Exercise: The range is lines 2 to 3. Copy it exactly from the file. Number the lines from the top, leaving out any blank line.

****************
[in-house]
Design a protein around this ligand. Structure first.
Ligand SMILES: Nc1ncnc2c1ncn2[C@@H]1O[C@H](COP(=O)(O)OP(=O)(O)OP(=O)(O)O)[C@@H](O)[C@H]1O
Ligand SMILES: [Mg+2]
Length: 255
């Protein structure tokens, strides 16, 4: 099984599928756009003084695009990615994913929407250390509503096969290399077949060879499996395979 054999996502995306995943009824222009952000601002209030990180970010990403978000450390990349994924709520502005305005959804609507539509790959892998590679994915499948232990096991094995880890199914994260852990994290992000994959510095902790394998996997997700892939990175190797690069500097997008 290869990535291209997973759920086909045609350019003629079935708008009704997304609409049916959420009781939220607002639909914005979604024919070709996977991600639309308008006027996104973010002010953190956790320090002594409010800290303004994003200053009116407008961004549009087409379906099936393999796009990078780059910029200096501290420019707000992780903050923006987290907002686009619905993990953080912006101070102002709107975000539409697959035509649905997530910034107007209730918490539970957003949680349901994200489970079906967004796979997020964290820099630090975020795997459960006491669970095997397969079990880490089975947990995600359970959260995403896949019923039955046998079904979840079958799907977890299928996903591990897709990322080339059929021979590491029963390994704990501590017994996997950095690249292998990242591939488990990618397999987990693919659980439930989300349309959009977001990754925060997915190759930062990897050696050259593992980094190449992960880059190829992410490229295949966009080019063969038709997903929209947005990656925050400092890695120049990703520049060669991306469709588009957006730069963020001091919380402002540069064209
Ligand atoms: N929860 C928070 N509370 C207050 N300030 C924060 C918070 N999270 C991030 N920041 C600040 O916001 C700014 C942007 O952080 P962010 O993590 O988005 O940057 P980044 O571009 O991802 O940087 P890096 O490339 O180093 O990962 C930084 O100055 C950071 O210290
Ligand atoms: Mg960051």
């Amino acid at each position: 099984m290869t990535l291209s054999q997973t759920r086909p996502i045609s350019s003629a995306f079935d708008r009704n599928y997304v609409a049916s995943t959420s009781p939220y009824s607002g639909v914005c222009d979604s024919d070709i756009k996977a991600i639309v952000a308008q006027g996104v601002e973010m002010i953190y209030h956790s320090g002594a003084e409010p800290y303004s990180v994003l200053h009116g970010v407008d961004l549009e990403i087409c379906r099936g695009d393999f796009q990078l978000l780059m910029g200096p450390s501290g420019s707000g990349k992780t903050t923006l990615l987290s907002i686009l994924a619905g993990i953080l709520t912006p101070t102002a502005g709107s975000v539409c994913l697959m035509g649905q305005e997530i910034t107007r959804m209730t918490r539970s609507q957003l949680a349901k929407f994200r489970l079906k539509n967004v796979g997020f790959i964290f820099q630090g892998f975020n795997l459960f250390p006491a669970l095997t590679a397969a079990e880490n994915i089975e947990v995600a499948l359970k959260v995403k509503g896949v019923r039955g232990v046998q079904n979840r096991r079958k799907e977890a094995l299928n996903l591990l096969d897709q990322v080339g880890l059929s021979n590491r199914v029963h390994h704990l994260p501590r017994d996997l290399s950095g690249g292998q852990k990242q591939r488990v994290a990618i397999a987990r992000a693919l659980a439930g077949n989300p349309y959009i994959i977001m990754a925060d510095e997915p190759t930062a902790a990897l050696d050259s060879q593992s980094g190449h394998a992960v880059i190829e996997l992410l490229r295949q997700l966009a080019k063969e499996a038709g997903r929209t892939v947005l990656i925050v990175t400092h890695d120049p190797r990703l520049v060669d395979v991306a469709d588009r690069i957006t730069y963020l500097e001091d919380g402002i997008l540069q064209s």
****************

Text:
Design a protein around this ligand. Structure first.
Ligand SMILES: Nc1ncnc2c1ncn2[C@@H]1O[C@H](COP(=O)(O)OP(=O)(O)OP(=O)(O)O)[C@@H](O)[C@H]1O